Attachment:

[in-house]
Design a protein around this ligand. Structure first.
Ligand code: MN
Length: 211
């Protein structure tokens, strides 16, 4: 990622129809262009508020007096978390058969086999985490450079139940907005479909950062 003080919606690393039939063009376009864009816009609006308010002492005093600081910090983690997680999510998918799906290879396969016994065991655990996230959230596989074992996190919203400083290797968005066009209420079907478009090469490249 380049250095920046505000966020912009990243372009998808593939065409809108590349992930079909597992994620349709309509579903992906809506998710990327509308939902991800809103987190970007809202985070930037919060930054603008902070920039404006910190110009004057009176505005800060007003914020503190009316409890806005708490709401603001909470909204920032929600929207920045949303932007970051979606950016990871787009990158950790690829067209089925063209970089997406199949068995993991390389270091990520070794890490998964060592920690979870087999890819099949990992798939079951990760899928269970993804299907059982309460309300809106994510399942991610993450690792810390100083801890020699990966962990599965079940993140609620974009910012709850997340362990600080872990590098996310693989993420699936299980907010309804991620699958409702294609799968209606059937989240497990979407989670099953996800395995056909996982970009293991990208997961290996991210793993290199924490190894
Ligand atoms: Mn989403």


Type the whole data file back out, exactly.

[in-house]
Design a protein around this ligand. Structure first.
Ligand code: MN
Length: 211
């Protein structure tokens, strides 16, 4: 990622129809262009508020007096978390058969086999985490450079139940907005479909950062 003080919606690393039939063009376009864009816009609006308010002492005093600081910090983690997680999510998918799906290879396969016994065991655990996230959230596989074992996190919203400083290797968005066009209420079907478009090469490249 380049250095920046505000966020912009990243372009998808593939065409809108590349992930079909597992994620349709309509579903992906809506998710990327509308939902991800809103987190970007809202985070930037919060930054603008902070920039404006910190110009004057009176505005800060007003914020503190009316409890806005708490709401603001909470909204920032929600929207920045949303932007970051979606950016990871787009990158950790690829067209089925063209970089997406199949068995993991390389270091990520070794890490998964060592920690979870087999890819099949990992798939079951990760899928269970993804299907059982309460309300809106994510399942991610993450690792810390100083801890020699990966962990599965079940993140609620974009910012709850997340362990600080872990590098996310693989993420699936299980907010309804991620699958409702294609799968209606059937989240497990979407989670099953996800395995056909996982970009293991990208997961290996991210793993290199924490190894
Ligand atoms: Mn989403």